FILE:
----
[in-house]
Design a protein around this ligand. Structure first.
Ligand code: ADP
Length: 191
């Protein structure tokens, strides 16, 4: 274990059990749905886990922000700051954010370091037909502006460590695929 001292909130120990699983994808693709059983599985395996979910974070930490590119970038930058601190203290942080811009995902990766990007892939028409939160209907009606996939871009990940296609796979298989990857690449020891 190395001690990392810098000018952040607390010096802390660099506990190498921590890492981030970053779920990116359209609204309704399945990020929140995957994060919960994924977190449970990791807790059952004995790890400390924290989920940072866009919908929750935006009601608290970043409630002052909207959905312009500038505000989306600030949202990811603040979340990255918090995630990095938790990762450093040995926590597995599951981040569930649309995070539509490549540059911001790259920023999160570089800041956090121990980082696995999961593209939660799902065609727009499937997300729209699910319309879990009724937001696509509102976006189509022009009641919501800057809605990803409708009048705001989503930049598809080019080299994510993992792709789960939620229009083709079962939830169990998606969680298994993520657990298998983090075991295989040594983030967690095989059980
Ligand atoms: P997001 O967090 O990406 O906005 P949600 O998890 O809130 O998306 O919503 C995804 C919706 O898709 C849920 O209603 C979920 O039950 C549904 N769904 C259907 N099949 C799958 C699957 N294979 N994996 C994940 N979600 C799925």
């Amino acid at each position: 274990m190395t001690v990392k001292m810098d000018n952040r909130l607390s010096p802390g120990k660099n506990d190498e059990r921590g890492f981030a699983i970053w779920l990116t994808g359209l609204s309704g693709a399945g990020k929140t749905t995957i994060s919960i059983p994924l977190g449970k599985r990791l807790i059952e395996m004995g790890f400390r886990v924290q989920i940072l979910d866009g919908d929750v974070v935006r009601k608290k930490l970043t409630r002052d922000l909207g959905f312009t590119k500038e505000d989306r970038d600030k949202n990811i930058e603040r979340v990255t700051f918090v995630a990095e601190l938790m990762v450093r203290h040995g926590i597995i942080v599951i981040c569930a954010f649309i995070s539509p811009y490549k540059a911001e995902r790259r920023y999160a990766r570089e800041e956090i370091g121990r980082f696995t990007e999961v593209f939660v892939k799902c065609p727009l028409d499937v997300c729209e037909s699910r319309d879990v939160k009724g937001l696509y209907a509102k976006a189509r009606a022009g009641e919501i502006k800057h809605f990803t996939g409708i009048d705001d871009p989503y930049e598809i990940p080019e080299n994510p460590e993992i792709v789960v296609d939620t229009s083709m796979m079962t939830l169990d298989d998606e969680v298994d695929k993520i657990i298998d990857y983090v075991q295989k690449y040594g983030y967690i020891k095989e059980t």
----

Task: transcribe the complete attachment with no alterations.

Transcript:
[in-house]
Design a protein around this ligand. Structure first.
Ligand code: ADP
Length: 191
């Protein structure tokens, strides 16, 4: 274990059990749905886990922000700051954010370091037909502006460590695929 001292909130120990699983994808693709059983599985395996979910974070930490590119970038930058601190203290942080811009995902990766990007892939028409939160209907009606996939871009990940296609796979298989990857690449020891 190395001690990392810098000018952040607390010096802390660099506990190498921590890492981030970053779920990116359209609204309704399945990020929140995957994060919960994924977190449970990791807790059952004995790890400390924290989920940072866009919908929750935006009601608290970043409630002052909207959905312009500038505000989306600030949202990811603040979340990255918090995630990095938790990762450093040995926590597995599951981040569930649309995070539509490549540059911001790259920023999160570089800041956090121990980082696995999961593209939660799902065609727009499937997300729209699910319309879990009724937001696509509102976006189509022009009641919501800057809605990803409708009048705001989503930049598809080019080299994510993992792709789960939620229009083709079962939830169990998606969680298994993520657990298998983090075991295989040594983030967690095989059980
Ligand atoms: P997001 O967090 O990406 O906005 P949600 O998890 O809130 O998306 O919503 C995804 C919706 O898709 C849920 O209603 C979920 O039950 C549904 N769904 C259907 N099949 C799958 C699957 N294979 N994996 C994940 N979600 C799925």
């Amino acid at each position: 274990m190395t001690v990392k001292m810098d000018n952040r909130l607390s010096p802390g120990k660099n506990d190498e059990r921590g890492f981030a699983i970053w779920l990116t994808g359209l609204s309704g693709a399945g990020k929140t749905t995957i994060s919960i059983p994924l977190g449970k599985r990791l807790i059952e395996m004995g790890f400390r886990v924290q989920i940072l979910d866009g919908d929750v974070v935006r009601k608290k930490l970043t409630r002052d922000l909207g959905f312009t590119k500038e505000d989306r970038d600030k949202n990811i930058e603040r979340v990255t700051f918090v995630a990095e601190l938790m990762v450093r203290h040995g926590i597995i942080v599951i981040c569930a954010f649309i995070s539509p811009y490549k540059a911001e995902r790259r920023y999160a990766r570089e800041e956090i370091g121990r980082f696995t990007e999961v593209f939660v892939k799902c065609p727009l028409d499937v997300c729209e037909s699910r319309d879990v939160k009724g937001l696509y209907a509102k976006a189509r009606a022009g009641e919501i502006k800057h809605f990803t996939g409708i009048d705001d871009p989503y930049e598809i990940p080019e080299n994510p460590e993992i792709v789960v296609d939620t229009s083709m796979m079962t939830l169990d298989d998606e969680v298994d695929k993520i657990i298998d990857y983090v075991q295989k690449y040594g983030y967690i020891k095989e059980t």